How Does a Reverse Mortgage Work?

Reverse mortgage loans are available to homeowners that are 62 years old or older and have equity in their home. The reverse mortgage is a great alternative for seniors who want to remain in their current home but are looking for additional cash flow to either enjoy retirement a little easier or to cover medical expenses.


Reverse Mortgage Defined

A reverse mortgage is a loan granted to a senior homeowner for a portion of their accrued equity. Whereas a traditional mortgage loan requires the homeowner to make monthly payments to the lender, with the reverse mortgage loan, the lender will pay the homeowner from the equity. Funds from the reverse mortgage loan can be paid in a single payment, monthly payments, or a credit line.


How It Works

With the reverse mortgage, you continue living in the home, as long as you maintain insurance coverage, pay applicable taxes, and keep your home well maintained. The loan or loan interest does not become due for repayment until the homeowner discontinues occupying the house as the primary residence, or sells the home. At that time the reverse mortgage loan and the accrued interest must be paid in full.


Payment Options for the Borrower

There are different options available for the buyer to access the reverse mortgage funds.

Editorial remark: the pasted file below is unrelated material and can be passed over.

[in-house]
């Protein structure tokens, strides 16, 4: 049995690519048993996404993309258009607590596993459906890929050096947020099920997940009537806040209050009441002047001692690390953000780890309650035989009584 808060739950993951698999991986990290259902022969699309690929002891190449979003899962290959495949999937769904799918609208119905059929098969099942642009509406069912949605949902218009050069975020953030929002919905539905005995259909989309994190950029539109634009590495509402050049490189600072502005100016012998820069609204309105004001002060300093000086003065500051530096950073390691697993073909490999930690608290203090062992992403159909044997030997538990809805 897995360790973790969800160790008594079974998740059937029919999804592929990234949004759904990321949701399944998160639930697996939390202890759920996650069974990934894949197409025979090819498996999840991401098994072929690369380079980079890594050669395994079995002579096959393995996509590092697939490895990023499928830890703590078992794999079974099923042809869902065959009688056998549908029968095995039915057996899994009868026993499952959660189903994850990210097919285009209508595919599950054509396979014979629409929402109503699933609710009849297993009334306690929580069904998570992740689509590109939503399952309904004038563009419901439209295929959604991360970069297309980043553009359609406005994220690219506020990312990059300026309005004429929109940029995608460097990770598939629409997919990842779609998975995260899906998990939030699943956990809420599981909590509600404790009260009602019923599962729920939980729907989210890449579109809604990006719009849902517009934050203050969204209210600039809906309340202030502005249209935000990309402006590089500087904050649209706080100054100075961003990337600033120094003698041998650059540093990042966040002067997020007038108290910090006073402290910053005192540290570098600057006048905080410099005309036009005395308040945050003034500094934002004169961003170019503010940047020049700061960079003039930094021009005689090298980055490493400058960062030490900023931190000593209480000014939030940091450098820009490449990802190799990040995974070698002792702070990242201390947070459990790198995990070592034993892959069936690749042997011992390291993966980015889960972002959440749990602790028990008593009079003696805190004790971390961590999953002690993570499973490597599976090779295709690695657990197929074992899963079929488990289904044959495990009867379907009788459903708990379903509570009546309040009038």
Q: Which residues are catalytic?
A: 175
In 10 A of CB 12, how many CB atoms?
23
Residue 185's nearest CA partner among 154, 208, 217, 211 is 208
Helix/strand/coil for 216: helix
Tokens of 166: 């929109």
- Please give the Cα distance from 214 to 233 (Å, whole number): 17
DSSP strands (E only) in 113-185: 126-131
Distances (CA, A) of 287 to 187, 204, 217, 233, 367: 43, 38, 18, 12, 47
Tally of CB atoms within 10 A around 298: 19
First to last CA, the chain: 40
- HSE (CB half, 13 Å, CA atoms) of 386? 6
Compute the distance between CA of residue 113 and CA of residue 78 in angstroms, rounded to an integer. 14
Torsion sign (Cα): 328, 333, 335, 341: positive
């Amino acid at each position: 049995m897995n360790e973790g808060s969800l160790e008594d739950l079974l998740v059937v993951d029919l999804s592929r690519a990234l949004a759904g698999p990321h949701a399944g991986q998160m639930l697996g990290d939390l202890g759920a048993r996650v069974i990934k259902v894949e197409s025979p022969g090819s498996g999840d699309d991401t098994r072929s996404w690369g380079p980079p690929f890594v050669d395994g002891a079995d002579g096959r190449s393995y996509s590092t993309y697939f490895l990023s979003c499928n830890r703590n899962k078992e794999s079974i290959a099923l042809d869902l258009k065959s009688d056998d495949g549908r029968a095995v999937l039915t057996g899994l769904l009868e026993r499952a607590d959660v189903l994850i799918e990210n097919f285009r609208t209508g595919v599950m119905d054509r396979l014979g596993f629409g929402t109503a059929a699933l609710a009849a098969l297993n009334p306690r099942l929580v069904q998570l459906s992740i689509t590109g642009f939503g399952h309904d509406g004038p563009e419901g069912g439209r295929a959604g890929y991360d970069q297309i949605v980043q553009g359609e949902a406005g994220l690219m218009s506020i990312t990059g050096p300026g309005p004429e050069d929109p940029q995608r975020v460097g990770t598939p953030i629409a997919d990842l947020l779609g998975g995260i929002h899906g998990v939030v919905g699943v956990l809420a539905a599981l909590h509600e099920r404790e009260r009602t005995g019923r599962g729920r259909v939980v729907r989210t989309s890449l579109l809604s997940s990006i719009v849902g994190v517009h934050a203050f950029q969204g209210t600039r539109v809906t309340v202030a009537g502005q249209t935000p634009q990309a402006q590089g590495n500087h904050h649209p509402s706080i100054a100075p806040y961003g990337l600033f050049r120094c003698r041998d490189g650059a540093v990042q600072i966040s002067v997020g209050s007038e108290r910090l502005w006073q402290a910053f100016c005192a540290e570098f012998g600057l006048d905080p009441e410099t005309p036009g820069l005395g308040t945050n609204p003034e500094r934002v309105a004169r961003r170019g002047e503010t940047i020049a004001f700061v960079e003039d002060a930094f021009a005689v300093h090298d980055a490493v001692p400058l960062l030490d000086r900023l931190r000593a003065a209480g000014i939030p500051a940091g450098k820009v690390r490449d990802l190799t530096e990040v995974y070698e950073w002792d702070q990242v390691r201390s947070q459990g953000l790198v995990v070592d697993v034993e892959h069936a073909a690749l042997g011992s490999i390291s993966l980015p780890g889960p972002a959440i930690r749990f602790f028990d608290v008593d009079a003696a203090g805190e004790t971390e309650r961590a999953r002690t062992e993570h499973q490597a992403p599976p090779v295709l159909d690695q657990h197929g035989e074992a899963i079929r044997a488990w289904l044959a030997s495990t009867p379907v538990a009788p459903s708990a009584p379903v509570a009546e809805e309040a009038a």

• Scheduled payments can be made for a specific amount and time period, which is also referred to as a “term payment.”

  • Lump sum option is also available but the applicable restrictions offer much less flexibility in the long term.

  • A line of credit is also available and can be accessed however and whenever the borrower chooses.

  • A “tenure payment,” or guaranteed life payment will pay the borrower as long as they continue to live on premises.

  • There are also “blended” options available, which consist of varying combinations of the above options.


What are the Pros and Cons?

Having extra cash available for living expenses or enjoyment is certainly appealing, but carefully consider your situation and the advantages and disadvantages. Here are the primary pros and cons to be familiar with:


Pros:

  • No monthly payments are required towards the balance of the loan.

  • The cash flow relieves stress and can be used as the borrower chooses.

  • If the borrower has a spouse that was excluded from the loan, he or she may continue living in the home even after the death of the borrower.


Cons:

  • Fees attached to the loan can be excessive.

  • Based on the equity amount of a home, which could limit resources in other ways, should the equity be excessive.


The reverse mortgage loan is considered the last loan anyone will ever need, so opting for a reverse mortgage loan on a home that you don’t intend to be your forever home is not a good solution. However, if financial struggles are preventing you from experiencing the benefits of retirement, the reverse mortgage may be the best option.


Read more about how to help your aging family member manage their finances.